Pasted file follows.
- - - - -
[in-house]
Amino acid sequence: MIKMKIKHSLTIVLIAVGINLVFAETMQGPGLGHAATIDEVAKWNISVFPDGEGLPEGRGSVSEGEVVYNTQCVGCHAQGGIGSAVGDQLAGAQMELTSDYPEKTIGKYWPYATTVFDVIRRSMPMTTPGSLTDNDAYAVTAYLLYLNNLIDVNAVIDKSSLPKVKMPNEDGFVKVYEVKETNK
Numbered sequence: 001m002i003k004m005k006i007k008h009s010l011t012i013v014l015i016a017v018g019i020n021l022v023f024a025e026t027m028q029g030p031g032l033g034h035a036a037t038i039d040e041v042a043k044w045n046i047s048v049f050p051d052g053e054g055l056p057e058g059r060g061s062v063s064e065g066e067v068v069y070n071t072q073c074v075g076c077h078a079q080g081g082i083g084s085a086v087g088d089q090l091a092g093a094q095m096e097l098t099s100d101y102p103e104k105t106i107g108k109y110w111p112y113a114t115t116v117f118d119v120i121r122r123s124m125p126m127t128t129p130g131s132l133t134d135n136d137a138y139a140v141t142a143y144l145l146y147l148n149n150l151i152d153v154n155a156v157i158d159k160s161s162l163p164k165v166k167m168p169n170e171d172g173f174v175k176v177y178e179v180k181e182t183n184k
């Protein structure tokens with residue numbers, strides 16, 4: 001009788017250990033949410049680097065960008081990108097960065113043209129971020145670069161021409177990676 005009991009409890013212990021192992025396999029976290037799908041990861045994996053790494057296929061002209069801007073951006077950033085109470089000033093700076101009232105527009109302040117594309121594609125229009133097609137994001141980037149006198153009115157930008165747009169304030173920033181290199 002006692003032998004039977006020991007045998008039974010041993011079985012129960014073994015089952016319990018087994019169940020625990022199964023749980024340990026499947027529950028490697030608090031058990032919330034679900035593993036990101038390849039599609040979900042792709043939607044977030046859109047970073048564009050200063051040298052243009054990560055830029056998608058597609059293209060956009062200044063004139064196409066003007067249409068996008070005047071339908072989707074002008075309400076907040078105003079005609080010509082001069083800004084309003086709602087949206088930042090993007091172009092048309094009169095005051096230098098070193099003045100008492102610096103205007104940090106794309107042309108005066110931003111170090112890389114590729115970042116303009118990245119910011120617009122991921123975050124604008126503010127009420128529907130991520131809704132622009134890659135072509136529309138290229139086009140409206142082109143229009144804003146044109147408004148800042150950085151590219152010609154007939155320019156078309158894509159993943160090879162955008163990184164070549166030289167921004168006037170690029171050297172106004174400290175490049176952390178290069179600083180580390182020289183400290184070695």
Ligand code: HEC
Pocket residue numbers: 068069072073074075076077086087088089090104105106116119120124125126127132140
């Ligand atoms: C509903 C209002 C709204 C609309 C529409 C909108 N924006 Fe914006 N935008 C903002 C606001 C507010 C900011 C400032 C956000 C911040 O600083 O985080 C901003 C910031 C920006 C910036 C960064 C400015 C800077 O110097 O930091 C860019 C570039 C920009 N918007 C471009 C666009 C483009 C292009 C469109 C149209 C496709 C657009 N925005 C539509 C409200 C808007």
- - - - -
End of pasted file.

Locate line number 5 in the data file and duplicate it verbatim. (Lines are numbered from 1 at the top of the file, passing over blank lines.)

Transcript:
Ligand code: HEC